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Dunfermline

Dunfermline (dŭnförm´lĬn, dŭm–), city (1991 pop. 52,105), Fife, E central Scotland, on the Firth of Forth. It is a center for the manufacture of table linen and terylene, a synthetic fabric, and has silk mills, collieries, and engineering works. The naval base of Rosyth became part of the city in 1911. Dunfermline abbey, founded by Malcolm III of Scotland in the 11th cent., holds his remains and those of his wife, St. Margaret, and of Robert I. The palace was a favorite seat of Scottish kings and was the birthplace of Charles I of England. Andrew Carnegie, the industrialist, was born in Dunfermline, which is now the headquarters of the Carnegie Trusts. Carnegie gave the town its library and Pittencrieff Glen, a 60-acre (24-hectare) public park.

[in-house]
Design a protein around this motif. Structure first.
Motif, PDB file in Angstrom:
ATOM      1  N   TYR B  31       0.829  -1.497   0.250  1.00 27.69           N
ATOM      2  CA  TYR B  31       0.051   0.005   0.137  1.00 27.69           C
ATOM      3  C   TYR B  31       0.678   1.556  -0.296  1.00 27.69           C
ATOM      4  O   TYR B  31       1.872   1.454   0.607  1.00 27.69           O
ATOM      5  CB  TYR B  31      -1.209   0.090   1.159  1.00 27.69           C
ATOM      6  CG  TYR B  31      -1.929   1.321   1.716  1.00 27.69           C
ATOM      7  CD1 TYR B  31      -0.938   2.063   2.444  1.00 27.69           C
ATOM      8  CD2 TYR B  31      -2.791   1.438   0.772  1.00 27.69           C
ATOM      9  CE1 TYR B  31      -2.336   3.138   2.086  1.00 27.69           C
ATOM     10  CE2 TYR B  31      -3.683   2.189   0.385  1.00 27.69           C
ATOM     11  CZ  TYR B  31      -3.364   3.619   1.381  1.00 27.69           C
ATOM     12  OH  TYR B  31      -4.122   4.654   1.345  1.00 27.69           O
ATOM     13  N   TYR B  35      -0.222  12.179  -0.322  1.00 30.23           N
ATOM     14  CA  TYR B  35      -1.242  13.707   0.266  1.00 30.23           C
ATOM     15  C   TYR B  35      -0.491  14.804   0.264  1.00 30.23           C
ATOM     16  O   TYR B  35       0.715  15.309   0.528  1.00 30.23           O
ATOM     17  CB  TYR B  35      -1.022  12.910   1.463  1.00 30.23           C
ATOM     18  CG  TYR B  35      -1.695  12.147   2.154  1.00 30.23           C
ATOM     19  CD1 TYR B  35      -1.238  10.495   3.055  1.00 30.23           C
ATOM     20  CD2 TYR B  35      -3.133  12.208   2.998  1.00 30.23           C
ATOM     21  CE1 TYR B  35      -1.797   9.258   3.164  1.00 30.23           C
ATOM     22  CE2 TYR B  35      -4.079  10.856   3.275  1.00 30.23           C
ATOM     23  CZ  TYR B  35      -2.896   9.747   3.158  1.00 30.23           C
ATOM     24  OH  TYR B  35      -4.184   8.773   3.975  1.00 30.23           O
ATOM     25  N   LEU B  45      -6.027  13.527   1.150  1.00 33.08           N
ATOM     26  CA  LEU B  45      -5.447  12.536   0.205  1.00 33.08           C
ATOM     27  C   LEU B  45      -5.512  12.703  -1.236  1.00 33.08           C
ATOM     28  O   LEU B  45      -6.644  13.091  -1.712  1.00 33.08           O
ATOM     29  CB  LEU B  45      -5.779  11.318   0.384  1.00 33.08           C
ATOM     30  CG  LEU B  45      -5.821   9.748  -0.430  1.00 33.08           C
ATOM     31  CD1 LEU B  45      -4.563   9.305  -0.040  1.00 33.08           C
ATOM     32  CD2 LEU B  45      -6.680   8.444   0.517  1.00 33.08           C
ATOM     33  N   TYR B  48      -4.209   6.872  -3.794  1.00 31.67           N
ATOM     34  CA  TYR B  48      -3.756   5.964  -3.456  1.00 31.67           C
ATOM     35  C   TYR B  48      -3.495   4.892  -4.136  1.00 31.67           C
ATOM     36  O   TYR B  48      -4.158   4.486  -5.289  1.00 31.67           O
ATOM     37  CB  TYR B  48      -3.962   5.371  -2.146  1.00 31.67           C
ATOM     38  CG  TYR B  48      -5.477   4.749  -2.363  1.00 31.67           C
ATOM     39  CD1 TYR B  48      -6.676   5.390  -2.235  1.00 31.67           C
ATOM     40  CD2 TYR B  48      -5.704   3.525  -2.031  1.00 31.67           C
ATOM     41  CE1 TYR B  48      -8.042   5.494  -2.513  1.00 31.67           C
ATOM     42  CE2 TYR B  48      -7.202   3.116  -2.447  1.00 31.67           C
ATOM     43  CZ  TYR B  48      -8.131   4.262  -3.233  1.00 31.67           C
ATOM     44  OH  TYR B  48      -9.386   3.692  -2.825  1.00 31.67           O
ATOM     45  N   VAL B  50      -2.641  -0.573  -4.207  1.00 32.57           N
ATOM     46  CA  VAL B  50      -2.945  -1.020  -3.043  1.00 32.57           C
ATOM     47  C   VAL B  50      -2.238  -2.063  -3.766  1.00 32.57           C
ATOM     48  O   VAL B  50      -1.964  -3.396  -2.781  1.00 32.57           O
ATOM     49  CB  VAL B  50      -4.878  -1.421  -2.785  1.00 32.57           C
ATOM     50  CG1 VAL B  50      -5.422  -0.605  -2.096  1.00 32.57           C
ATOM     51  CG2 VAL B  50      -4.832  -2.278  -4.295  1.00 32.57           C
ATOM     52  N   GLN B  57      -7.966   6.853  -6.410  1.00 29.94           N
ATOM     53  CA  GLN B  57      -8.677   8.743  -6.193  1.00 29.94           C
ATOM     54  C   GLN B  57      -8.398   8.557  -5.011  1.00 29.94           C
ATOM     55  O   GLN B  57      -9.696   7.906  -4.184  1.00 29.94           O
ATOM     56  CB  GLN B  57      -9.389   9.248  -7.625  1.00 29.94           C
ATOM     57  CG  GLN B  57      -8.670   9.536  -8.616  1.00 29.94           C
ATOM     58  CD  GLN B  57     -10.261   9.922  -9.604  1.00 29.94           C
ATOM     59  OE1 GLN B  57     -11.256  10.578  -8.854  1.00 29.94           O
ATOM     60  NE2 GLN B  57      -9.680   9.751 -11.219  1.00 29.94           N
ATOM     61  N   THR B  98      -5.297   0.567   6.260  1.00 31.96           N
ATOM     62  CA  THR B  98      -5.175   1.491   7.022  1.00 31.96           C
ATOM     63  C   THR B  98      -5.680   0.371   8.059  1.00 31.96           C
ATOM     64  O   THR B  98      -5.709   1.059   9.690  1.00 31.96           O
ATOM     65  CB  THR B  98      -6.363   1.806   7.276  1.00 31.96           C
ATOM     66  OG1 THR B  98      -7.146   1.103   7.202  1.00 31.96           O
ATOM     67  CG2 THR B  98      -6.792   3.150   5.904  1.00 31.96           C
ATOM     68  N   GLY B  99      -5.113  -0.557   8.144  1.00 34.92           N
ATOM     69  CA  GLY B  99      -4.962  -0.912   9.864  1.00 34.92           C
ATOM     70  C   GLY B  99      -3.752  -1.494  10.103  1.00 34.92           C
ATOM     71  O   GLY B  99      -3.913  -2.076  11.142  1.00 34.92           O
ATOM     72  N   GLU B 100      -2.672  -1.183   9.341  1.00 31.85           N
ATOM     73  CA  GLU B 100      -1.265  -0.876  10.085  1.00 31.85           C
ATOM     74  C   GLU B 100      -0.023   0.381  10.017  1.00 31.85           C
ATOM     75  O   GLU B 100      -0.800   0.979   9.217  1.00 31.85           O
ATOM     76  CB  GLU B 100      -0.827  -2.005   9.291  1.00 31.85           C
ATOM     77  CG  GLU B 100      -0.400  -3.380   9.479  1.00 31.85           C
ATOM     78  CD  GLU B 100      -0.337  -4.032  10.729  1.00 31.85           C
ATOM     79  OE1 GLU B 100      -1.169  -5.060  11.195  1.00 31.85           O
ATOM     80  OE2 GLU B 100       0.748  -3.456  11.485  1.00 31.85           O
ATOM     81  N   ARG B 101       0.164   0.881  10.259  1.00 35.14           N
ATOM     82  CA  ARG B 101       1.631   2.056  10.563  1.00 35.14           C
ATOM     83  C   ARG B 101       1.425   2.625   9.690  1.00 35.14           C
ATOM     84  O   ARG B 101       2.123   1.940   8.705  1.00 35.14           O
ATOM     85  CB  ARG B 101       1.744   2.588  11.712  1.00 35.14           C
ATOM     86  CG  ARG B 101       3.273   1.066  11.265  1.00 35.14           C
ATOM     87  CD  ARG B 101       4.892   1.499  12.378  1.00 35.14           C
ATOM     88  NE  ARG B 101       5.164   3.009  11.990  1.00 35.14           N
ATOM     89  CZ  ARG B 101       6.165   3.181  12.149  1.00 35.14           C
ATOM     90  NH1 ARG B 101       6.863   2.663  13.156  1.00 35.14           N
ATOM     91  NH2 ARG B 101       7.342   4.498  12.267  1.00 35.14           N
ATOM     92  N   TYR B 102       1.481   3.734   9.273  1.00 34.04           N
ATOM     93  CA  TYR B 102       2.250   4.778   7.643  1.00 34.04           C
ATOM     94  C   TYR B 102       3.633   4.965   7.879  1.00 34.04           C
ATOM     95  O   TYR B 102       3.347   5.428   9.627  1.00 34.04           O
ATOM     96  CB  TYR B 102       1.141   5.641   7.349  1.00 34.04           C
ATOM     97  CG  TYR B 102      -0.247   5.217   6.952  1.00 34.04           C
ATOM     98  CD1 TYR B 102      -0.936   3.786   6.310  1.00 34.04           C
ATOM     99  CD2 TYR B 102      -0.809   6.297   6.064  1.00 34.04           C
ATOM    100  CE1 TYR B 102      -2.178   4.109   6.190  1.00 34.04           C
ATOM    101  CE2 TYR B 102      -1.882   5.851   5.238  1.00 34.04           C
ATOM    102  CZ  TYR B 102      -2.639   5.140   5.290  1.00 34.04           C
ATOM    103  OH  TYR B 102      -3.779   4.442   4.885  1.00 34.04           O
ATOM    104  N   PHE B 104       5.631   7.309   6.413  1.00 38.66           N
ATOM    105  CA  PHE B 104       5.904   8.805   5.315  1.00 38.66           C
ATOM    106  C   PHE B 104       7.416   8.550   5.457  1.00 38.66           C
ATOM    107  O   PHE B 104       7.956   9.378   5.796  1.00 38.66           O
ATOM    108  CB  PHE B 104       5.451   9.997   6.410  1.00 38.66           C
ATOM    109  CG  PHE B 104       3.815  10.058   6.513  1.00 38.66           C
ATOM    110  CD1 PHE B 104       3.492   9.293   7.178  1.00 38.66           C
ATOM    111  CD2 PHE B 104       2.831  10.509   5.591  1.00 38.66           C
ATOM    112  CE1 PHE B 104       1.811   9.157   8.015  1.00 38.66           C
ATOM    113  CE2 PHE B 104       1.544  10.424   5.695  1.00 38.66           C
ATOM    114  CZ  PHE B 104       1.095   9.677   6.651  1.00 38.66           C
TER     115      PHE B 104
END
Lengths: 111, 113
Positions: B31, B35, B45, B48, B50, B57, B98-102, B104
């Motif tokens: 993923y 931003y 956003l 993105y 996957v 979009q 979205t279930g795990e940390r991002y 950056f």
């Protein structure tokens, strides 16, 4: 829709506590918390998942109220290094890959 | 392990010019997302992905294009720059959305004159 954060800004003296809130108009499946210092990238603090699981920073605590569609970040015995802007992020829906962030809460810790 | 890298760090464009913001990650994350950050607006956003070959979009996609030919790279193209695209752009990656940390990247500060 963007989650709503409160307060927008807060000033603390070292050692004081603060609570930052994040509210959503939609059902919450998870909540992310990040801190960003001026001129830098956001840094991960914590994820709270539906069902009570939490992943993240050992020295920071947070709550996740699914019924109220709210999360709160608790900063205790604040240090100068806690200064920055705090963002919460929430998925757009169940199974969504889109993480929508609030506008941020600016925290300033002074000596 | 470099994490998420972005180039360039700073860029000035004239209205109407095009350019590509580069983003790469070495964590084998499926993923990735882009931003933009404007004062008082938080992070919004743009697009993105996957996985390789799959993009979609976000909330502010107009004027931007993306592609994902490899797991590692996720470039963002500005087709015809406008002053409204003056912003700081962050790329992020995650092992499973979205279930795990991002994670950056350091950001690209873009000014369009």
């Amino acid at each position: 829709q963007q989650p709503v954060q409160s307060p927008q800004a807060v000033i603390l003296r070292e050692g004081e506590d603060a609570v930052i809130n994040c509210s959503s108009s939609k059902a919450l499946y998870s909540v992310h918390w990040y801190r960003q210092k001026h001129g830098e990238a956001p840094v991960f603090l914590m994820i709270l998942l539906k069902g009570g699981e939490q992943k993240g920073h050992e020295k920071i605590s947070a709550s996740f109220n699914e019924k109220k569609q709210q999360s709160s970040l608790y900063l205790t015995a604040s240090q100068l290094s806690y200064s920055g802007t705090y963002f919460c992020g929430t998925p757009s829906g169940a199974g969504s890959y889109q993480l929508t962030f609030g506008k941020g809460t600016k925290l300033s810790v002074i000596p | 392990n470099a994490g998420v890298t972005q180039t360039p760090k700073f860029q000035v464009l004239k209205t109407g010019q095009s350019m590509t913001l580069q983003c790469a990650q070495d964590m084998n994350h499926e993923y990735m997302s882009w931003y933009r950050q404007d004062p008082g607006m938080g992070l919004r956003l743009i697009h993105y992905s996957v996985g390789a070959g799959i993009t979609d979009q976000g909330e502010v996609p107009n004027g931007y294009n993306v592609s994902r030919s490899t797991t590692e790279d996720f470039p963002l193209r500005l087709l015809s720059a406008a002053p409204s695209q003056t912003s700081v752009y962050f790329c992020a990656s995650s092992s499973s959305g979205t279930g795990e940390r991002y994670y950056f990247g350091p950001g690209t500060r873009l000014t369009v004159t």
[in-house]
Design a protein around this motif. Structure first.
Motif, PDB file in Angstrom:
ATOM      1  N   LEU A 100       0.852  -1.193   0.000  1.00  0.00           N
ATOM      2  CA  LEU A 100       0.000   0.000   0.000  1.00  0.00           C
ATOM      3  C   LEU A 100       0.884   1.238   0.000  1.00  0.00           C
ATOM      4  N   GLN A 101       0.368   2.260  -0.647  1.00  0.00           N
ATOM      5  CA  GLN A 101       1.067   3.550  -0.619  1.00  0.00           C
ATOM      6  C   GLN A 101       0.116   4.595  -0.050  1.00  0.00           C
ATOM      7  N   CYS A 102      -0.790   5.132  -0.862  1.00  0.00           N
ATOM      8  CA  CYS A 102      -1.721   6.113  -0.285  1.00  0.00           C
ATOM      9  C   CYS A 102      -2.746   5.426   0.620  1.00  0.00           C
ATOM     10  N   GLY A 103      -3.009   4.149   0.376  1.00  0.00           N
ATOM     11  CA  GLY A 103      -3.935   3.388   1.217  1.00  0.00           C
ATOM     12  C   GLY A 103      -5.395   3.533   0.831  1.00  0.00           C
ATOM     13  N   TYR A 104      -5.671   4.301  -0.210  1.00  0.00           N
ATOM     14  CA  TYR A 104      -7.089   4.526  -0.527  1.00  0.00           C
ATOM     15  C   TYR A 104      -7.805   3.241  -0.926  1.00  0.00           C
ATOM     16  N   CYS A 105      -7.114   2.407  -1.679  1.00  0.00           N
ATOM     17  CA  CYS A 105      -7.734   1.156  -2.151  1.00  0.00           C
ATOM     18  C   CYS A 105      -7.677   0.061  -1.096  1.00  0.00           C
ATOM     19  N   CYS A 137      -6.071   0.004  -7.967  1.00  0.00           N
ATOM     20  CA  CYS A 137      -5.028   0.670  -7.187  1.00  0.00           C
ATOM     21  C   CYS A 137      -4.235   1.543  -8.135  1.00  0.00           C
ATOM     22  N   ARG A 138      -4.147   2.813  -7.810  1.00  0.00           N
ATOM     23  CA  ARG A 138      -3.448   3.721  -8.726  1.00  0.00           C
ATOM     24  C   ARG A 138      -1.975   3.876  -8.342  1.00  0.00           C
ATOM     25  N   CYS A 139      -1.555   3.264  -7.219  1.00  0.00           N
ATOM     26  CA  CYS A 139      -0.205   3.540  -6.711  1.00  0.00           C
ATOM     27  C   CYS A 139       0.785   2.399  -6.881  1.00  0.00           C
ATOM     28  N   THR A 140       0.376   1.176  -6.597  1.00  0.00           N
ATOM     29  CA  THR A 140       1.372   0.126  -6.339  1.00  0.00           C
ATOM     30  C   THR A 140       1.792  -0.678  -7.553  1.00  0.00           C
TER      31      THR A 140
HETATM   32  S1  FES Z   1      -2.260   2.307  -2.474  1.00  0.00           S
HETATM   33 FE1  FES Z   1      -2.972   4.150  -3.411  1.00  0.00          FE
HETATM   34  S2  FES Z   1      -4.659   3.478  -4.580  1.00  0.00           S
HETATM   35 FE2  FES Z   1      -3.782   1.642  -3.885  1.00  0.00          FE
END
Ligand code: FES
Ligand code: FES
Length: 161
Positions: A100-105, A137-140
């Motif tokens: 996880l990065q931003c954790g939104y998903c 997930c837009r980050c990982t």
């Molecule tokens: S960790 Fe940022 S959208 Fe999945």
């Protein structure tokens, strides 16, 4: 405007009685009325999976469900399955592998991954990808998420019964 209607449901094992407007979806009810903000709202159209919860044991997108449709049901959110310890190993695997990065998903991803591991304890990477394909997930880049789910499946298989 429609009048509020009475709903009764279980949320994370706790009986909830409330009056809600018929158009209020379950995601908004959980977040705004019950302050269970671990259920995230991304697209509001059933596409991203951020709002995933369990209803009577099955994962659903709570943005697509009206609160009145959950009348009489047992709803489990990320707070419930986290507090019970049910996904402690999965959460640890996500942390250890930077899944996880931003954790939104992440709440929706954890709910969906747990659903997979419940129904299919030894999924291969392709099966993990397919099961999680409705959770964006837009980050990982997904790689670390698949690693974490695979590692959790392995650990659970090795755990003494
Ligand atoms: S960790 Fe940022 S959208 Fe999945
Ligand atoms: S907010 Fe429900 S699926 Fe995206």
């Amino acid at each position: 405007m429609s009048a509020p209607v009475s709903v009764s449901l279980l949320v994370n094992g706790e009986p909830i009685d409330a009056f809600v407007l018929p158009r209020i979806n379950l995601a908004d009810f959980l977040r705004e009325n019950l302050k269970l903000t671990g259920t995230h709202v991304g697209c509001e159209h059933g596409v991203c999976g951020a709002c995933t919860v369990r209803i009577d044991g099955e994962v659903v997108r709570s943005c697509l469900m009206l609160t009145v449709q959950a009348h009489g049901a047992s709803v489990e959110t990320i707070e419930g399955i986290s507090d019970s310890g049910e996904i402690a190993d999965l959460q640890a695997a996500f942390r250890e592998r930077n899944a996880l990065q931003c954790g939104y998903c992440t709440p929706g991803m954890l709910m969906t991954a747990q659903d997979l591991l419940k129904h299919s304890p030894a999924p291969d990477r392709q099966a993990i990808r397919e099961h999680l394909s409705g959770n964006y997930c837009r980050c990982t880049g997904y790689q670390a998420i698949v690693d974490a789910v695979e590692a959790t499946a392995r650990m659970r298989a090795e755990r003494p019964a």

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Dunfermline

Dunfermline a city in Fife, Scotland, near the Firth of Forth. A number of Scottish kings, including Robert the Bruce, are buried in its Benedictine abbey.

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"Dunfermline." The Oxford Dictionary of Phrase and Fable. . Encyclopedia.com. 21 May. 2017 <http://www.encyclopedia.com>.

"Dunfermline." The Oxford Dictionary of Phrase and Fable. . Encyclopedia.com. (May 21, 2017). http://www.encyclopedia.com/humanities/dictionaries-thesauruses-pictures-and-press-releases/dunfermline

"Dunfermline." The Oxford Dictionary of Phrase and Fable. . Retrieved May 21, 2017 from Encyclopedia.com: http://www.encyclopedia.com/humanities/dictionaries-thesauruses-pictures-and-press-releases/dunfermline

Dunfermline

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